Phalanx Mk 15 CIWS – Block 1B
The recent attack on the US Navy by pirates (successfully fought off, thank goodness) already had me thinking about the latest version of the Phalanx Close In Weapons System (CIWS), and when a commenter at Hell in a Handbasket wondered about the capability of the CIWS to engage surface targets, I decided to do a quick post on the subject.
CIWS, of course was originally designed to defend our ships from high-speed missiles. The six-barrelled 20mm gun is a last-ditch defense against incoming ship killers. Over the years, the original Block 0 models (introduced in 1980) were supplanted by the Block 1(1988) and 1A (1996). Now, the Block 1B (also referred to as “Phalanx Surface Mode” or PSUM) improves on these, and (maybe more importantly) provides for defense against surface targets like small boats and personal watercraft as well as against slower aircraft like helicopters. Forward-Looking IR and video tracking/targeting, Ku-band radar, and longer barrels providing better accuracy are among the most notable improvements over earlier versions. Capability against missiles is unimpeded. Let’s hope that maintenance and combat readiness, long a problem with these units, also improves.
Although it might seem that these improvements might be a response to the suicide attack against USS Cole in 2000, that isn’t the case. Prototypes were tested in 1999 and installation of Block 1B systems, either upgrades of earlier versions or new builds, has been going on since 2000.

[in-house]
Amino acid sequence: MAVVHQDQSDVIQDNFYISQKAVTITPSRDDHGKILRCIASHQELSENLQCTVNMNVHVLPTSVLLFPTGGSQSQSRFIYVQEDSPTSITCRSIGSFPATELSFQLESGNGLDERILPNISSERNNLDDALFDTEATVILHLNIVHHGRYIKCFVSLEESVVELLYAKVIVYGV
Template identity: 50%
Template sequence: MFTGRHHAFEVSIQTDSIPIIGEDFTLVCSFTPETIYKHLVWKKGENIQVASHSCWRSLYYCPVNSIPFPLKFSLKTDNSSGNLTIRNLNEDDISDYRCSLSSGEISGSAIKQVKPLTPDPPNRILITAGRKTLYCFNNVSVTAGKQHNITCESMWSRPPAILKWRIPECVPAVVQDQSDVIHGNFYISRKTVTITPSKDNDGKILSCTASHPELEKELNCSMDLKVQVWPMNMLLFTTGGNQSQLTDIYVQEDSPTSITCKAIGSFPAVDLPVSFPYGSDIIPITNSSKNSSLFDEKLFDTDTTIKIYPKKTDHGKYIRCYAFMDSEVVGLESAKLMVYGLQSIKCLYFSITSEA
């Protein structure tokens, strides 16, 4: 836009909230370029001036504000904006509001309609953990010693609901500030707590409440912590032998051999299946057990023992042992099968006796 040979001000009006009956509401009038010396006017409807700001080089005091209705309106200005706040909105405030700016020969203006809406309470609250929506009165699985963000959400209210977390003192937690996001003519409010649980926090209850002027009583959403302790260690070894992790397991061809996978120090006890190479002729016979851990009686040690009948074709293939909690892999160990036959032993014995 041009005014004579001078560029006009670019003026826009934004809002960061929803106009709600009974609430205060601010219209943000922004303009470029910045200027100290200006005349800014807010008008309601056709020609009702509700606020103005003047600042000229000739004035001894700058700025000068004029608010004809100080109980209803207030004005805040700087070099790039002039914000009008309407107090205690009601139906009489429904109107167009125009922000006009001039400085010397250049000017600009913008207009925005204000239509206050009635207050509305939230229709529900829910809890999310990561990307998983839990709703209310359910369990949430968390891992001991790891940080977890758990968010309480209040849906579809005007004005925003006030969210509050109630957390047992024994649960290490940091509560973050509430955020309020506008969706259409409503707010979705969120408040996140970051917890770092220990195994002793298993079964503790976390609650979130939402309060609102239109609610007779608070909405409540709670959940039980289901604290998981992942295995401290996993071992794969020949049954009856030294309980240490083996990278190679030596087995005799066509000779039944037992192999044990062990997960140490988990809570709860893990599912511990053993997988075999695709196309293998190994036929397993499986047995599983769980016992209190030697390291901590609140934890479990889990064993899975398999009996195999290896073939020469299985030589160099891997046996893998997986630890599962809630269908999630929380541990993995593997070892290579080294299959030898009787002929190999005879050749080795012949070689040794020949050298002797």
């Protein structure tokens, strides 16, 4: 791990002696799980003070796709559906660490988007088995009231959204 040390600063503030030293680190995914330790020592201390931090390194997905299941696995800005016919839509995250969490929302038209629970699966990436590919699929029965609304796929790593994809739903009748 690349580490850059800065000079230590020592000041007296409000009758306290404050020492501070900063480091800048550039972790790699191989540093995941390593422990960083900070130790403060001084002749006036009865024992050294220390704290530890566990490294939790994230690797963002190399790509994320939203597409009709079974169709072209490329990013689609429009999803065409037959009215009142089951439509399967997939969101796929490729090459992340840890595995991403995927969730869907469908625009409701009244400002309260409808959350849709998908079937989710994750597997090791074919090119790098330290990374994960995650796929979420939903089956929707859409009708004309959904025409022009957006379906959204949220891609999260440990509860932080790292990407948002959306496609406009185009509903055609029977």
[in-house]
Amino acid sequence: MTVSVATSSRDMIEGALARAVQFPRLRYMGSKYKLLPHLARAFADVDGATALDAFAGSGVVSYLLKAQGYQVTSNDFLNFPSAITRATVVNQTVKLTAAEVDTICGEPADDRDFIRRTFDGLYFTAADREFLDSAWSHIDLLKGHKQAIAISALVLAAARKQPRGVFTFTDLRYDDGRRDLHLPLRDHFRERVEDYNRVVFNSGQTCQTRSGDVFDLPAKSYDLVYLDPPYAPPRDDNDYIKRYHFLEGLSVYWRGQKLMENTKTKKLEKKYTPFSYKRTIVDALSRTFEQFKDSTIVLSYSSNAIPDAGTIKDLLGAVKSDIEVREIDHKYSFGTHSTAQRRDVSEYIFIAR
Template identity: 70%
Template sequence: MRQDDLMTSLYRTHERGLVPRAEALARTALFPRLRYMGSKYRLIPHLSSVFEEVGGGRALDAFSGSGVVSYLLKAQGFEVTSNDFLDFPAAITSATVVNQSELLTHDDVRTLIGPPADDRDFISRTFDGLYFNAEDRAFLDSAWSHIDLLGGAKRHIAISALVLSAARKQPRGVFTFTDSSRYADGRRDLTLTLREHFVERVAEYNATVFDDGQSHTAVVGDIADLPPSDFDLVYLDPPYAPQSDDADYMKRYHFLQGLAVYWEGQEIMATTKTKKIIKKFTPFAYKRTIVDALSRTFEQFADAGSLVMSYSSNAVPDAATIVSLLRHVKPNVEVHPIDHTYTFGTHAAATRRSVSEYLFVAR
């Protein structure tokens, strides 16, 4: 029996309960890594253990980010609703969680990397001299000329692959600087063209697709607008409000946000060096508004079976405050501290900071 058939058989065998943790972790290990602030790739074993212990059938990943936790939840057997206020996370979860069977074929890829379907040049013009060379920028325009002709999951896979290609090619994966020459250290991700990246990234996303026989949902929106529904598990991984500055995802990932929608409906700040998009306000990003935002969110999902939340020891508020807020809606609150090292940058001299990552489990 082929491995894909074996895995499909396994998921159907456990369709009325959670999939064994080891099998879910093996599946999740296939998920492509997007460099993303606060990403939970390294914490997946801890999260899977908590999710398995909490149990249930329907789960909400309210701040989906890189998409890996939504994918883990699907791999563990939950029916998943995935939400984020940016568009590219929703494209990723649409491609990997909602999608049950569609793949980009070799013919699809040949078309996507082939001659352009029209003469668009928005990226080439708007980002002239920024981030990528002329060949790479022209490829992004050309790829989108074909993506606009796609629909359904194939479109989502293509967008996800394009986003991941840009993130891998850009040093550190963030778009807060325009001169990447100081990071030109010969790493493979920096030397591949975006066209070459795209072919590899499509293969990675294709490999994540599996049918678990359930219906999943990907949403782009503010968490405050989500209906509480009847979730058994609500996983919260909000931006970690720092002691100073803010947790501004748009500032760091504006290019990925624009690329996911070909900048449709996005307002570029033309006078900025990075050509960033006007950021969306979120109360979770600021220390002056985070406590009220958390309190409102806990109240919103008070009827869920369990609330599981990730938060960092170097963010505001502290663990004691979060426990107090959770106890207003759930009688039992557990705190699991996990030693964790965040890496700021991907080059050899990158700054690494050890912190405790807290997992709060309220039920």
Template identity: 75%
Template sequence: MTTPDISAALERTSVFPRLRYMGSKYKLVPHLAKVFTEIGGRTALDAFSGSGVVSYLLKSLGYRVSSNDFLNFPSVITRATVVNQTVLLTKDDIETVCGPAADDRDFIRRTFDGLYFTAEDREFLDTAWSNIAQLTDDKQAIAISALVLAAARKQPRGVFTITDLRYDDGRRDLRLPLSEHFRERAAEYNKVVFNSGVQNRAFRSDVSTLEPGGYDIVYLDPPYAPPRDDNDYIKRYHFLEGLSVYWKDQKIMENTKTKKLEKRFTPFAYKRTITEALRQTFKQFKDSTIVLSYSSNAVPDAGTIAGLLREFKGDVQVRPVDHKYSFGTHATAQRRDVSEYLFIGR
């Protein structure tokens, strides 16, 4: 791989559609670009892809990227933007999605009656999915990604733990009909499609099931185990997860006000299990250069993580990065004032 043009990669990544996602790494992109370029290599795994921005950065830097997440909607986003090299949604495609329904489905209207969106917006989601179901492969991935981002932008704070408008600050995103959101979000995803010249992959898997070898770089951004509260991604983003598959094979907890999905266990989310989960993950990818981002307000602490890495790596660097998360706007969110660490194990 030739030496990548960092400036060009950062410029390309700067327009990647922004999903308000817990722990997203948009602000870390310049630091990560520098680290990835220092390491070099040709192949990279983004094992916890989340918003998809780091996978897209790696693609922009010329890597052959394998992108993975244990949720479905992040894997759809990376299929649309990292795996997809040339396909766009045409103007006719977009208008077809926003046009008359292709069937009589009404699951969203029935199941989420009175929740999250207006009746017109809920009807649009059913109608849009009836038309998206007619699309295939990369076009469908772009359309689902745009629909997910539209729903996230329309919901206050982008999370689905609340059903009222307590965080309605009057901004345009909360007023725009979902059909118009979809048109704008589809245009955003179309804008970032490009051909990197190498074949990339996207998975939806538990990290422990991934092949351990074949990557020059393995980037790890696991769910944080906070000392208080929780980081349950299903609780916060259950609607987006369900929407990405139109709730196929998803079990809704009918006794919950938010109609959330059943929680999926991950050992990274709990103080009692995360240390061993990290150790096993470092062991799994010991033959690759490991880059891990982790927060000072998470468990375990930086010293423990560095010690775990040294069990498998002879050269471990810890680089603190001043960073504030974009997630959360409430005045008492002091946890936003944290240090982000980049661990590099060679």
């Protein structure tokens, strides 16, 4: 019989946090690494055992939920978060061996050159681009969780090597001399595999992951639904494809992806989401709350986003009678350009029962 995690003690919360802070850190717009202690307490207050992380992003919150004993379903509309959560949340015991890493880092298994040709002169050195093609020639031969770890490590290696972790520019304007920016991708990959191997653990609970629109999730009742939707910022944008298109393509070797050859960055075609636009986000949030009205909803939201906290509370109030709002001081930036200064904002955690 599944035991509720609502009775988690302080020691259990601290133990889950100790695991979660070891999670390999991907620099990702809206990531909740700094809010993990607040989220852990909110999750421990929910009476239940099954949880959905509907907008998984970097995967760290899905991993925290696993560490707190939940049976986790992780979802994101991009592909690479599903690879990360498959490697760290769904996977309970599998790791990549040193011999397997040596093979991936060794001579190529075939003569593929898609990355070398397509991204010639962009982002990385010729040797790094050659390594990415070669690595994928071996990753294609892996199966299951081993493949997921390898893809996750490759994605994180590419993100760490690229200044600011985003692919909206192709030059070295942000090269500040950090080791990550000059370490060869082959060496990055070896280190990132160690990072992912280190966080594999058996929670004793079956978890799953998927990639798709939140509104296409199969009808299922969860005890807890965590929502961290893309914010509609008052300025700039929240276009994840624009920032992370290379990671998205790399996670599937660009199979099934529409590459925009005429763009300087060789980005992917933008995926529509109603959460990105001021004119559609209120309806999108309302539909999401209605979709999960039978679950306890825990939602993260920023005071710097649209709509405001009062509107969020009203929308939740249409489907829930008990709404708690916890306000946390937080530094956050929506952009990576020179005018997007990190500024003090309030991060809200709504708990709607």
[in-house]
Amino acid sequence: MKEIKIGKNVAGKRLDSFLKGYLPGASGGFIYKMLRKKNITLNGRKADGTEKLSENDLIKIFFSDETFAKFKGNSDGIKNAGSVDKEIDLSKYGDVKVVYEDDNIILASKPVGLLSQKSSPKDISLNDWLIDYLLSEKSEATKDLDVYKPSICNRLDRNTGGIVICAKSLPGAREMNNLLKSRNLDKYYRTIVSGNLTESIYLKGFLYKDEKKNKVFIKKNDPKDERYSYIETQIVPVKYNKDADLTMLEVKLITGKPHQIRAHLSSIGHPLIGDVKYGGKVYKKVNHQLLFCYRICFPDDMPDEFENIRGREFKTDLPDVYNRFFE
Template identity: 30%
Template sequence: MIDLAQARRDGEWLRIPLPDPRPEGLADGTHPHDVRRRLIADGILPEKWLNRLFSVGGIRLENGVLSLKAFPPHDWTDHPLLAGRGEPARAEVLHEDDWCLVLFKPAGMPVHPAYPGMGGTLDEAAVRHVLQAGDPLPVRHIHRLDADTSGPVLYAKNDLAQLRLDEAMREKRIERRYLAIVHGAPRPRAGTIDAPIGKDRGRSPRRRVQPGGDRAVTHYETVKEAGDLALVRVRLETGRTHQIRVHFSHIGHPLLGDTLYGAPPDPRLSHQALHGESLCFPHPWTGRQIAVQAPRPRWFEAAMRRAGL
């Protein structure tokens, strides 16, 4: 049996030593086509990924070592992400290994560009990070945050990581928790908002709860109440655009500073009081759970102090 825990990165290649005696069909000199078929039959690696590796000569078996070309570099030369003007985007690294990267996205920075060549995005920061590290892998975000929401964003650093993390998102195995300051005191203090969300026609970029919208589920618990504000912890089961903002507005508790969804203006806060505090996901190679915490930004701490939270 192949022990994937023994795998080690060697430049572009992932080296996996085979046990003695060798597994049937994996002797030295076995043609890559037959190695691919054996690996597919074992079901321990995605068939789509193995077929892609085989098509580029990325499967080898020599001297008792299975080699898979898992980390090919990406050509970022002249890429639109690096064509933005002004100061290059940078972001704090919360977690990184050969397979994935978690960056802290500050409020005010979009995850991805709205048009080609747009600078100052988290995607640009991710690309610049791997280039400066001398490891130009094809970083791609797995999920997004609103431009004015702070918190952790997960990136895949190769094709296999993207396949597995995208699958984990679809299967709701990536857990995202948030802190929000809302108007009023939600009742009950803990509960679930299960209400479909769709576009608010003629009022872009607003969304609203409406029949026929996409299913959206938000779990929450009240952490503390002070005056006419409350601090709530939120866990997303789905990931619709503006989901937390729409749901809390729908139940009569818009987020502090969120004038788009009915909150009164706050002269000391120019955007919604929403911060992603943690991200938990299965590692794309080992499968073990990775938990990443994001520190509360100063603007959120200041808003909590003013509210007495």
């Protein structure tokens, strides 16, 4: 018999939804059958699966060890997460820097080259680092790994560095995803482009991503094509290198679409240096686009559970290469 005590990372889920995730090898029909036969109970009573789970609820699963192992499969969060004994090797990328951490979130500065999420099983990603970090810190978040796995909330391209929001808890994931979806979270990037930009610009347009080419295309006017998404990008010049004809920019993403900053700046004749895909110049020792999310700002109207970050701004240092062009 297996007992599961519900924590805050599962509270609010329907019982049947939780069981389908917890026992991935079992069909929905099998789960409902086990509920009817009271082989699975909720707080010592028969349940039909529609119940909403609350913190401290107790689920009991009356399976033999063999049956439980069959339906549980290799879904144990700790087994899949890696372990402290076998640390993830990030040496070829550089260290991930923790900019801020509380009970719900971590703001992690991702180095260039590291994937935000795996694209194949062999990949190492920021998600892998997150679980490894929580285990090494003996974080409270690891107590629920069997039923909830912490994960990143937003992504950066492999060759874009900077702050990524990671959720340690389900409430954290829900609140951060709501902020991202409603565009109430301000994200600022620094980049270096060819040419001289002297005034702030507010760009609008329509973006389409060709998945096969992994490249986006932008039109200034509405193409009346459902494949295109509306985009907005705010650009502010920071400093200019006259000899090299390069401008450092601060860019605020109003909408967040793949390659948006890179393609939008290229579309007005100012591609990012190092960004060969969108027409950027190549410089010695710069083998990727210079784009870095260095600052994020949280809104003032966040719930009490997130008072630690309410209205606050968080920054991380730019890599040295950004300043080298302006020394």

For more background information on the Phalanx, see (of all places) the Pakistan Military Consortium.
Earlier model Phalanx (left) vs. Block 1B (right):
Note the FLIR and video tracking systems mounted on the left side of the Block 1B unit.
Here is more detailed info from Raytheon. The source is the .pdf where I found the image above and contains additional background. Here’s the goods on the Block 1B:
Today, surface combat is most likely to occur in near shore, littoral environments. This scenario places ships and their crews at risk to an increased number of threats including small, fast gun boats, standard and guided artillery, helicopters, mines and a variety of shore launched anti-ship missiles. These threats demand a new generation of ship defense capabilities – Phalanx Block 1B.
Raytheon’s Phalanx Block 1B Surface Mode is a complete weapon system to counter threats of today and tomorrow. With an integrated FLIR and operator control panels merged with a proven anti-ship missile defense capability, the Block 1B system is unique in the world. The system has been thoroughly tested in real world scenarios against a variety of ship defense threats and will soon be deploying on U.S. Navy vessels.
Optimized Gun Barrels
The original M61A1 gun barrels were designed for short bursts and are subject to wear and increased dispersion patterns. The new OGBs are 18 inches longer, substantially thicker and include both a barrel brace and muzzle restraint to improve life expectancy and projectile dispersion patterns. In addition, the optional Enhanced Lethality Cartridge (ELC) will provide a 50 percent increase in penetrator mass.
To provide its unique Surface Mode tracking and engagement capability, Phalanx Block 1B incorporates a Thermal Imager with Automatic Acquisition Tracking. The system operates in the 8–12 micron wavelength and is mounted on a stabilized pedestal attached to the existing Phalanx Track Antenna radome. This system provides a reliable day/night passive search and track capability against slow-speed air threats and surface craft, while improving Anti Air Warfare performance in multi-path and glint environments via enhanced angular track accuracy (50–100 microradians) against the high-G maneuvering ASM.